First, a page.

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The Linobambaki of Cyprus

Proselytism and Crypto-Christians in Cyprus by Alkan Chaglar

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Home | Samuel Baker 1879 | Rupert Gunnis | Ronald Jennings | RLN Michel 1908 | Proselytism and Crypto-Christians in Cyprus by Alkan Chaglar

Proselytism and Crypto-Christians in Cyprus



Without trivialising the significance of the settlement of Turkish Muslim settlers from Anatolia, the issue of proselytisation in Cyprus is equally central to the historical evolution of the current Turkish Cypriot community. Proselytism, the act of inducing someone to convert to one’s own faith was a widely common practice in the Ottoman Empire, as it was in many Christian Empires both before, and during the reign of the Ottomans. Predictably, prolonged proselytisation precipitated the formation of lax Muslim communities in various Ottoman dominions.

While in Ottoman Pontus and Crete, Greek Orthodox Christians were primarily the ones who were converted to Islam, in Cyprus, at least in the initial period of Ottoman rule, most converts appear to have been Latins and Maronites. Without drawing a list of lamentations, it is important in out time to at least be in a position to talk about past events such as these.

After the defeat of the Venetians by the Ottomans in 1572, an ultimatum of death, slavery or conversion was given to the Latin inhabitants of Cyprus; at least this is what many academics claim.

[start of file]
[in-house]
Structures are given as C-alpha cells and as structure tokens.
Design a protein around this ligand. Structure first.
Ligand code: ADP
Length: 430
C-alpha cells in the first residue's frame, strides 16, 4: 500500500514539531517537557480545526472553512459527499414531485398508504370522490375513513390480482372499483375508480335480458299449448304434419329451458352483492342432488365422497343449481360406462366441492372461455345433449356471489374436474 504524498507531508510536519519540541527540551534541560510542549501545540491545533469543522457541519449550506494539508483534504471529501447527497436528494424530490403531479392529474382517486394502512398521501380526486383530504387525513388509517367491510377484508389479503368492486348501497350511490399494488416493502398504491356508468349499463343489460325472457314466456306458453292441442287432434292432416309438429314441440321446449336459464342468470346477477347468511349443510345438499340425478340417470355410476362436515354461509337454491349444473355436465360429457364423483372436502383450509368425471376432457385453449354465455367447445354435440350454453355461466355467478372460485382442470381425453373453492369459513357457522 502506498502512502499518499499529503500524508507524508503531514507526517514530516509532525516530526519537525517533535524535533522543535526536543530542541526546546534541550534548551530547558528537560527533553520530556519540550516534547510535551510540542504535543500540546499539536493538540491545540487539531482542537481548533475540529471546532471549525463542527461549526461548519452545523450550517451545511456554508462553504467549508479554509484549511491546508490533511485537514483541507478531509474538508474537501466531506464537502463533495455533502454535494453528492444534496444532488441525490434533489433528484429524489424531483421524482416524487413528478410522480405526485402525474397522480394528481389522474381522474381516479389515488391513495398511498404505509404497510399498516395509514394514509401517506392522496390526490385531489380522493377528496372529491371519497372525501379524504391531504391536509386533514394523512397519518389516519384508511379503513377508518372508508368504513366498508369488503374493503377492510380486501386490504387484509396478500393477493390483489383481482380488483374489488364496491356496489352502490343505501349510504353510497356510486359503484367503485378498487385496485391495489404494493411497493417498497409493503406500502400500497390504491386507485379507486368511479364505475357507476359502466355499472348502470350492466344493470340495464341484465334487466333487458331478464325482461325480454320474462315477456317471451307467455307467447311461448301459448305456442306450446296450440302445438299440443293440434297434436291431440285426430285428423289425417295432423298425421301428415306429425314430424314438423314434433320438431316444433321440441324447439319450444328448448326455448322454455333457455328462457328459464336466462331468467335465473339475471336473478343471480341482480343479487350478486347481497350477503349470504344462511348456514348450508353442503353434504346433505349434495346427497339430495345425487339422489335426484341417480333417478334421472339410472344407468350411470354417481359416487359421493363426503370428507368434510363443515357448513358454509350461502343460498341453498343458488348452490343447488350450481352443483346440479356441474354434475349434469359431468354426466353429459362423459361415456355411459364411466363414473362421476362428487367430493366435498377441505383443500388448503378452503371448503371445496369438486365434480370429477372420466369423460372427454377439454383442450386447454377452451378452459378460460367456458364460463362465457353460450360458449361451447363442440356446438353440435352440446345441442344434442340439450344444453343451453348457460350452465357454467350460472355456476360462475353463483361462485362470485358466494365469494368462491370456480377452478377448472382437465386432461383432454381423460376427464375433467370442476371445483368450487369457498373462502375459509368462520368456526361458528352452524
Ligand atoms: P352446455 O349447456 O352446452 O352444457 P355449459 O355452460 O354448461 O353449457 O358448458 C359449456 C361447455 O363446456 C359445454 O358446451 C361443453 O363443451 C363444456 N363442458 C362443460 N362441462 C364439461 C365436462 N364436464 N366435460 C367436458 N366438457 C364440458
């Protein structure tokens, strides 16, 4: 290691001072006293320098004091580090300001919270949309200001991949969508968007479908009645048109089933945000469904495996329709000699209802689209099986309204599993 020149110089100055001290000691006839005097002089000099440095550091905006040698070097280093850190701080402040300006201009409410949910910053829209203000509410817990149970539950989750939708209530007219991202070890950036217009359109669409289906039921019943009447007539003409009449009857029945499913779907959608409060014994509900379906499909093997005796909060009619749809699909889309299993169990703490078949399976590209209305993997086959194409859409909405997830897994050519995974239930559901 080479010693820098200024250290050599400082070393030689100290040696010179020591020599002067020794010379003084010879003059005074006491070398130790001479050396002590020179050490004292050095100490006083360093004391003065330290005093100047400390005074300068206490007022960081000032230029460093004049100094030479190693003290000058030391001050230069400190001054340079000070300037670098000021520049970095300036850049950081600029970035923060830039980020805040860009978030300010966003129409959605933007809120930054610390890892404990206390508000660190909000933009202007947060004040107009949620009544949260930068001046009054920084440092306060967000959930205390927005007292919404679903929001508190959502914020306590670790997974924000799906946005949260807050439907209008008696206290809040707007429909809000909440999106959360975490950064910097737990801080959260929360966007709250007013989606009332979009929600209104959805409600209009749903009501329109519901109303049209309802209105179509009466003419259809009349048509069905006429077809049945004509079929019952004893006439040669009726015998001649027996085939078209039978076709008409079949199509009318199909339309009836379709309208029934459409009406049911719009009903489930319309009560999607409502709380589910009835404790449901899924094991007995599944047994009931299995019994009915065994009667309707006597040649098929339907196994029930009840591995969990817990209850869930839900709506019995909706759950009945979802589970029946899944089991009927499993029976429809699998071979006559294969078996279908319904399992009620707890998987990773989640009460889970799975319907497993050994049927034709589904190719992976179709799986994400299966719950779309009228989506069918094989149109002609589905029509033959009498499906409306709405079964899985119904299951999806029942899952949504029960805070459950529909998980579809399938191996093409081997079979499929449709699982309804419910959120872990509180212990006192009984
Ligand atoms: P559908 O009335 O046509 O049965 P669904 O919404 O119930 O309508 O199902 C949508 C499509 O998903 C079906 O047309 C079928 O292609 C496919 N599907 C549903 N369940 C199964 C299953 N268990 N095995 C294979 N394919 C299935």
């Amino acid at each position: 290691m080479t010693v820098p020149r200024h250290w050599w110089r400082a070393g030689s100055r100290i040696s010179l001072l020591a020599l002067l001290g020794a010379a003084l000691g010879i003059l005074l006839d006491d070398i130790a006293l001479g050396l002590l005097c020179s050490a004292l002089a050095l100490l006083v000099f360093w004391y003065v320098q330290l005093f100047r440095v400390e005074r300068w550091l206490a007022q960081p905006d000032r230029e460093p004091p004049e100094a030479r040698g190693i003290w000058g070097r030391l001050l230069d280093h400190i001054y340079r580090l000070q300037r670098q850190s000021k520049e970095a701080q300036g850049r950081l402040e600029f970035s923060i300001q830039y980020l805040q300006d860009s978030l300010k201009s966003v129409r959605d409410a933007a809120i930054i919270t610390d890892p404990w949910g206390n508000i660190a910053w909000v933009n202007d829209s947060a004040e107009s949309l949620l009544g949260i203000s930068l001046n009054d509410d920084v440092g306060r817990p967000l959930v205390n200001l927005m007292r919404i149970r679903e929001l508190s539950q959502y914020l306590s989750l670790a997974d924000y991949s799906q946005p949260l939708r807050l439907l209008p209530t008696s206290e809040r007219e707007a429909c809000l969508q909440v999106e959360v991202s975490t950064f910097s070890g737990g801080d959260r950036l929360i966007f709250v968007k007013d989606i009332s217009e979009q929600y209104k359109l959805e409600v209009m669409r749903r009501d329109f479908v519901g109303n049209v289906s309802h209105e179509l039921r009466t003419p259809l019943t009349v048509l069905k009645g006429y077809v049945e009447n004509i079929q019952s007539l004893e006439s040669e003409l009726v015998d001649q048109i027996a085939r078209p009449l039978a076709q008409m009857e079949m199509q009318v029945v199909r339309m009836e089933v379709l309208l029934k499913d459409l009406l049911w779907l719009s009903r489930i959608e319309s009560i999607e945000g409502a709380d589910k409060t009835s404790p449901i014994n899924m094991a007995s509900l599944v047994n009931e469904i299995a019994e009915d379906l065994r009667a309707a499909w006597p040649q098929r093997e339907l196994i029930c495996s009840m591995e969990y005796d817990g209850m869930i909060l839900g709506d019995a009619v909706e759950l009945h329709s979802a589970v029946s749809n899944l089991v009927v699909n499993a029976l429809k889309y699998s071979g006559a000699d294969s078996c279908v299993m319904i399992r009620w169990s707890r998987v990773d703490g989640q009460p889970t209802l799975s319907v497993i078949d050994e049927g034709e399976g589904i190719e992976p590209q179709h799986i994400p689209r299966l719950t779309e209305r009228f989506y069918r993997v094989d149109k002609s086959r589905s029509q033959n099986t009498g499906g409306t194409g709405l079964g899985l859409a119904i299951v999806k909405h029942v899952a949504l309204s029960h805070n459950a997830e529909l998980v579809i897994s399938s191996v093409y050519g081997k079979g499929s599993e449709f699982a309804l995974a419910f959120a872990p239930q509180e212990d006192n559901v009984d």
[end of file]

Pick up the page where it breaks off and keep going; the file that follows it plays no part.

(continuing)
Well-respected Arabist and Ottoman historian Ronald Jennings summarises the sentiment the Ottomans held toward the defeated Latins, “treating the Cypriots with consideration that their good will towards them but showed no mercy to the Latins”. Jennings describes how Venetian soldiers who were taken as prisoners were offered the opportunity to free themselves of slavery or death by converting to Islam, how common this was is unknown, but several well-known figures such as the Venetian artillery commander Hercules Martingengo, converted to Islam. If high ranking commanders converted then it is quite plausible that there were many renegades from the lower ranks also.

Commenting on the treatment of the Greeks, Harry Luke said in his book, ‘Cyprus under the Turks’, “the Greek inhabitants everywhere readily welcomed the invading forces, once the prospect of getting rid of the detested Latins seemed really to have come at last.” The Greek inhabitants would often supply the Ottoman soldiers with food on their march to the Venetian fortifications. Without creating the impression that Ottomans and Greeks were best of friends at this time, it is important to note that the latter considered the former the less of two evils and welcomed change after centuries of harsh Frankish rule.

Jennings who deciphered Ottoman archives, cites that in the period 1593—1595, 31% of all adult male Muslims whose names and fathers’ names were cited as legal agents (vekil) in court were converts. More than a third of such Muslims appearing in court at that time were converts, with 30% of all instrumental witnesses belonging to this group in 1609-1611, and later 18% of all Vekils. These numbers represent quite a significant proportion of the Muslim population of Cyprus in the 17th century.